DATA SHOWS ONLY ONE IN THREE APPLICANTS FOR TOP LONDON CHEF JOBS IS BRITISH
Government urged to open immigration to address dire skills shortage in one of UK’s fastest growing sectors and to help increase appeal of hospitality as a career.
New data from hospitality recruitment agency The Change Group shows that only one in three applicants for top chef positions in London is British. There are even fewer UK candidates at “chef de partie” level (the entry level to supervising a kitchen section) where only one in five applicants is a UK national. British candidates are most strongly represented at “head chef” level, where one in two applicants is from the UK.
Over half of all applicants for jobs as skilled chefs in London are from the European Union (53%). Migrants from non-EU countries account for only 14% of people registered with Change for work. This figure includes nationals from Commonwealth countries such as Australia, Canada and South Africa.
This nationality data has been sourced from a sample of 1200 skilled chef candidates from the Change database. In addition, Change conducted research with 250 candidates over the summer that supported the trends shown in the data: only 10% were non-EU passport holders.
Hospitality is one of the UK’s fastest growing sectors: based on current Office of National Statistics figures, positions in the hospitality industry have grown by almost five per cent (4.8%) compared to less than two per cent (1.9%) growth in UK jobs overall
However, the industry continues to face a significant skills shortage, and figures released in July by CV-Library show a 30 per cent drop in the number of candidates applying for each position.
The impact of the skills shortage on top London restaurants is enormous, and prompted Duck and Waffle executive chef Dan Doherty recently to tweet “Right. Nobody is allowed to open any more restaurants until the chef situation is sorted. Ok?”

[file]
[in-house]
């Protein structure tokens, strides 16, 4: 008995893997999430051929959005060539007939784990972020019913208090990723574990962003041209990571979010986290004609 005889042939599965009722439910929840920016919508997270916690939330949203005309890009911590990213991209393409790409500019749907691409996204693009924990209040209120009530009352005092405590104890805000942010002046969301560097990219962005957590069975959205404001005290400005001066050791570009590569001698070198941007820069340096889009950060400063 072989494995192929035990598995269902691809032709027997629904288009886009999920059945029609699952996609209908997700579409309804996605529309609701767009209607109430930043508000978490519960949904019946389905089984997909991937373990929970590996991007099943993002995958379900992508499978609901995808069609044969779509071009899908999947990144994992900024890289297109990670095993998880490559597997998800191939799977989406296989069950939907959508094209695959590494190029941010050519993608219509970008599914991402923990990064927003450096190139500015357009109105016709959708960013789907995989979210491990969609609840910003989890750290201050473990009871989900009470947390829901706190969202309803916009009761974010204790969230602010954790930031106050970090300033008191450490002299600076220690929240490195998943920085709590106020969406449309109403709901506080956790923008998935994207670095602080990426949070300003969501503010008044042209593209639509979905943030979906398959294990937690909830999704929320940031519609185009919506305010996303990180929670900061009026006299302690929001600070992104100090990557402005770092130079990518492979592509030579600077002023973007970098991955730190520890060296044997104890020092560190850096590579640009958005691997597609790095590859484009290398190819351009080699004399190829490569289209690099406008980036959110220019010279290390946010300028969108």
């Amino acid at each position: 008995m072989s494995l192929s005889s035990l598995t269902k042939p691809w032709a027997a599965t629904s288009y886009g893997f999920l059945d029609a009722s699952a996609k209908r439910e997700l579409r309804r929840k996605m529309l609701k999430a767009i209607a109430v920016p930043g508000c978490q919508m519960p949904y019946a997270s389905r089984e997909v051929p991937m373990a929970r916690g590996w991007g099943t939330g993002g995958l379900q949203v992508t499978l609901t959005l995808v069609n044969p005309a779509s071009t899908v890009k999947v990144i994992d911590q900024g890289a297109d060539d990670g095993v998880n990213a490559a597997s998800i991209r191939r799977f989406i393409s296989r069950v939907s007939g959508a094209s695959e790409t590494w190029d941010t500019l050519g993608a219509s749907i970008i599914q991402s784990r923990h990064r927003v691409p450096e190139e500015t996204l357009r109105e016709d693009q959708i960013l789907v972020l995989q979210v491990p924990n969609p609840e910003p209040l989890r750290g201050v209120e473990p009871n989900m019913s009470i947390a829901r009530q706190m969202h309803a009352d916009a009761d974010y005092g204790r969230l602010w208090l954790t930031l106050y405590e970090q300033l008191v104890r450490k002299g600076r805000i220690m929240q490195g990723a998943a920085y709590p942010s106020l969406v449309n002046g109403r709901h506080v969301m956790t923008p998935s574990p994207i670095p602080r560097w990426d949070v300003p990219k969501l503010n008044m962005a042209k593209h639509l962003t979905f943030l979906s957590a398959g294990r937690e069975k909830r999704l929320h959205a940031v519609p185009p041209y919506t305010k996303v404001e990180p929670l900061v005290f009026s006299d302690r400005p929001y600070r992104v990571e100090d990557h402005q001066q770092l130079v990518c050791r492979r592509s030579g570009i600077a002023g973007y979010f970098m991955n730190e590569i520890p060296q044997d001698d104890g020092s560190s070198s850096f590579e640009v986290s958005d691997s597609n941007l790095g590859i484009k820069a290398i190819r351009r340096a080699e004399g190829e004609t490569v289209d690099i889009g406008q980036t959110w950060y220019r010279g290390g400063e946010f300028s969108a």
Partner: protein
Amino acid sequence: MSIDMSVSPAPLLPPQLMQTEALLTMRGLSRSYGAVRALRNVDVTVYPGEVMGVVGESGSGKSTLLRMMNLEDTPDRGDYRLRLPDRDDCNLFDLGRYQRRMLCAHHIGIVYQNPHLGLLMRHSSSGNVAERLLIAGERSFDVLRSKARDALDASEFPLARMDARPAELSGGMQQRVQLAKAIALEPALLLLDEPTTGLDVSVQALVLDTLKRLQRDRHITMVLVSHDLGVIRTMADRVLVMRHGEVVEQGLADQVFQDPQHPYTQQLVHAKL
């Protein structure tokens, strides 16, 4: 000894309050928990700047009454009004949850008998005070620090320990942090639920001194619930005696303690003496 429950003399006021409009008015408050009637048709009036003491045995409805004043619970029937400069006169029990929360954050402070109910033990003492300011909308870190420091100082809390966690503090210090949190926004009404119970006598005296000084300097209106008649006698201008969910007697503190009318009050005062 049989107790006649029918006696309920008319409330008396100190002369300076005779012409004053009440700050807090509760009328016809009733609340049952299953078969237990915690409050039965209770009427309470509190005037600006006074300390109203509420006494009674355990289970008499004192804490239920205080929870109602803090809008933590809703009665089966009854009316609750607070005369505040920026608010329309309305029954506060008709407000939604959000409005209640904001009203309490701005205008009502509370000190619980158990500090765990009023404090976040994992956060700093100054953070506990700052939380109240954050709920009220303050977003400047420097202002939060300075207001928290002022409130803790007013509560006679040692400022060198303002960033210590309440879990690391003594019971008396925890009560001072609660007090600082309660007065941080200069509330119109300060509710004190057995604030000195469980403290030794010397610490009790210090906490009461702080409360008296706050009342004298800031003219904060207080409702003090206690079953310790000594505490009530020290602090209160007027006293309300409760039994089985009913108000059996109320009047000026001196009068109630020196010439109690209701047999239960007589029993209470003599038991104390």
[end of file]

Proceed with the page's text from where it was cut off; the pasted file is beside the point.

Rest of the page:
Hospitality is rewarding – but image needs boosting
When asked how the hospitality industry could help to attract more people to become chefs in order to fill a growing number of roles, chefs who took part in the survey pointed to investment in intern/work experience programmes (39%) and building a positive image for careers in hospitality (35%) as the key requirements.
The research also shows that there should be scope for improving the pipeline of Britons given that being a chef is very much a vocation. Over half (54%) said they have a passion for hospitality and one in three say they became a chef because they love working with food (34%). Less than one in five applicants said they “fell” into the career by accident.
However, a culture of long hours, a lack of structured training and unclear career paths have driven many to look for work elsewhere seeking better work/life balance (24 per cent) or career progression (22 per cent).
Whilst hospitality is often viewed as one of the sectors which is already very open to migrant workers, Change director, Craig Allen believes a more fluid global workforce is key to driving skills, attracting talent and resolving the current recruitment crisis:
“These figures are very worrying as they not only point to the fact that there is not enough British talent applying for chef careers and the number of skilled applicants from the EU isn’t enough to meet the demand. We need to attract more skilled migrants from other countries to bridge the gap. To do this, we need to change immigration policy.”
“There is no doubt that the long term solution is to boost the number of Britons wanting a career as a chef. However, we need a short term fix as restaurants in London are struggling to find skilled chefs at all levels with demand simply outweighing supply.
“By reviewing immigration laws relating to skilled migrants, we could encourage freer movement of chef talent which in turn would support growth in the UK hospitality industry. This could also have a direct impact on income from UK tourism which is vital to the economy as highlighted recently by David Cameron.
“Increasing the chef talent pool by opening up our borders will enable the hospitality industry to cope with current recruitment demands while addressing the bigger issue of how to attract more UK workers into chef careers.”